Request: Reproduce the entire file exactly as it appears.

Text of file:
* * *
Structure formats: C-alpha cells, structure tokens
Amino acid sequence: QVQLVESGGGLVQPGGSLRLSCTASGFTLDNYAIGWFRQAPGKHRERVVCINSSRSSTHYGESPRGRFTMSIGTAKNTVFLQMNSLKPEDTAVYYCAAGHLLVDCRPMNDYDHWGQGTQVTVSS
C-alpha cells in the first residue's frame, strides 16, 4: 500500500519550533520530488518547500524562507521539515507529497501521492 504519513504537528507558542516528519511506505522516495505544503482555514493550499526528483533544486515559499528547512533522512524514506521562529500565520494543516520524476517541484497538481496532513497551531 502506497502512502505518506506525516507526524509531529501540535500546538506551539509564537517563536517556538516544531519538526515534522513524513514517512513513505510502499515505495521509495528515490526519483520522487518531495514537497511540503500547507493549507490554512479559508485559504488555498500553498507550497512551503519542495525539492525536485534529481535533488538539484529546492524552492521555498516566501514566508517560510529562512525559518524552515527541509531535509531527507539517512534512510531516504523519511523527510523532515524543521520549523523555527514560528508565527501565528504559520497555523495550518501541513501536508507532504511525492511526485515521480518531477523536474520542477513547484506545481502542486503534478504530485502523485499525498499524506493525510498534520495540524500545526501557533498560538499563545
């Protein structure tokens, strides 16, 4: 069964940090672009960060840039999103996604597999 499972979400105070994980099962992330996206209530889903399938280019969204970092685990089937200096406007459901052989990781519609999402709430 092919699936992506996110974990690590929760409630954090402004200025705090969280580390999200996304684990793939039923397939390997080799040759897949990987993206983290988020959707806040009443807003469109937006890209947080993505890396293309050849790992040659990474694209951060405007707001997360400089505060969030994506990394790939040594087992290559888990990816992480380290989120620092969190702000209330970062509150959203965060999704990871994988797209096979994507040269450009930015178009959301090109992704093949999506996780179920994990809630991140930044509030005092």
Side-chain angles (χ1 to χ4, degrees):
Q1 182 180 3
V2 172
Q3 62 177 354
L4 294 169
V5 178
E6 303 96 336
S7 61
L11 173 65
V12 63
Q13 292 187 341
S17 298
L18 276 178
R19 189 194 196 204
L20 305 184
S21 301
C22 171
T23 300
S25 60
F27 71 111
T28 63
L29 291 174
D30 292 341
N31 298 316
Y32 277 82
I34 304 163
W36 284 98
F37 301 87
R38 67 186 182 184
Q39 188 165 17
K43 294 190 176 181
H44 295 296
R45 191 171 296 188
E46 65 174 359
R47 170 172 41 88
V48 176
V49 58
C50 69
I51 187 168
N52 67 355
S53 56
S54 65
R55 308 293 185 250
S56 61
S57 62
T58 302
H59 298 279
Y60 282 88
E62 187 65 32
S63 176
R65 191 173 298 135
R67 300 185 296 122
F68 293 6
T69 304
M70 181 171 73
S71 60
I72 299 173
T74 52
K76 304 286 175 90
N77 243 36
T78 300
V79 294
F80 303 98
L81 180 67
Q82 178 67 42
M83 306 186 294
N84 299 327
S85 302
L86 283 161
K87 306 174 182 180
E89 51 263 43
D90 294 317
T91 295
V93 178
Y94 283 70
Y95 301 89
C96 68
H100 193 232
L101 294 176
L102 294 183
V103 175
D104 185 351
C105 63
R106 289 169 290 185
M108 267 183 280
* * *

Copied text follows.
Structure formats: C-alpha cells, structure tokens
Amino acid sequence: QVQLVESGGGLVQPGGSLRLSCTASGFTLDNYAIGWFRQAPGKHRERVVCINSSRSSTHYGESPRGRFTMSIGTAKNTVFLQMNSLKPEDTAVYYCAAGHLLVDCRPMNDYDHWGQGTQVTVSS
C-alpha cells in the first residue's frame, strides 16, 4: 500500500519550533520530488518547500524562507521539515507529497501521492 504519513504537528507558542516528519511506505522516495505544503482555514493550499526528483533544486515559499528547512533522512524514506521562529500565520494543516520524476517541484497538481496532513497551531 502506497502512502505518506506525516507526524509531529501540535500546538506551539509564537517563536517556538516544531519538526515534522513524513514517512513513505510502499515505495521509495528515490526519483520522487518531495514537497511540503500547507493549507490554512479559508485559504488555498500553498507550497512551503519542495525539492525536485534529481535533488538539484529546492524552492521555498516566501514566508517560510529562512525559518524552515527541509531535509531527507539517512534512510531516504523519511523527510523532515524543521520549523523555527514560528508565527501565528504559520497555523495550518501541513501536508507532504511525492511526485515521480518531477523536474520542477513547484506545481502542486503534478504530485502523485499525498499524506493525510498534520495540524500545526501557533498560538499563545
């Protein structure tokens, strides 16, 4: 069964940090672009960060840039999103996604597999 499972979400105070994980099962992330996206209530889903399938280019969204970092685990089937200096406007459901052989990781519609999402709430 092919699936992506996110974990690590929760409630954090402004200025705090969280580390999200996304684990793939039923397939390997080799040759897949990987993206983290988020959707806040009443807003469109937006890209947080993505890396293309050849790992040659990474694209951060405007707001997360400089505060969030994506990394790939040594087992290559888990990816992480380290989120620092969190702000209330970062509150959203965060999704990871994988797209096979994507040269450009930015178009959301090109992704093949999506996780179920994990809630991140930044509030005092």
Side-chain angles (χ1 to χ4, degrees):
Q1 182 180 3
V2 172
Q3 62 177 354
L4 294 169
V5 178
E6 303 96 336
S7 61
L11 173 65
V12 63
Q13 292 187 341
S17 298
L18 276 178
R19 189 194 196 204
L20 305 184
S21 301
C22 171
T23 300
S25 60
F27 71 111
T28 63
L29 291 174
D30 292 341
N31 298 316
Y32 277 82
I34 304 163
W36 284 98
F37 301 87
R38 67 186 182 184
Q39 188 165 17
K43 294 190 176 181
H44 295 296
R45 191 171 296 188
E46 65 174 359
R47 170 172 41 88
V48 176
V49 58
C50 69
I51 187 168
N52 67 355
S53 56
S54 65
R55 308 293 185 250
S56 61
S57 62
T58 302
H59 298 279
Y60 282 88
E62 187 65 32
S63 176
R65 191 173 298 135
R67 300 185 296 122
F68 293 6
T69 304
M70 181 171 73
S71 60
I72 299 173
T74 52
K76 304 286 175 90
N77 243 36
T78 300
V79 294
F80 303 98
L81 180 67
Q82 178 67 42
M83 306 186 294
N84 299 327
S85 302
L86 283 161
K87 306 174 182 180
E89 51 263 43
D90 294 317
T91 295
V93 178
Y94 283 70
Y95 301 89
C96 68
H100 193 232
L101 294 176
L102 294 183
V103 175
D104 185 351
C105 63
R106 289 169 290 185
M108 267 183 280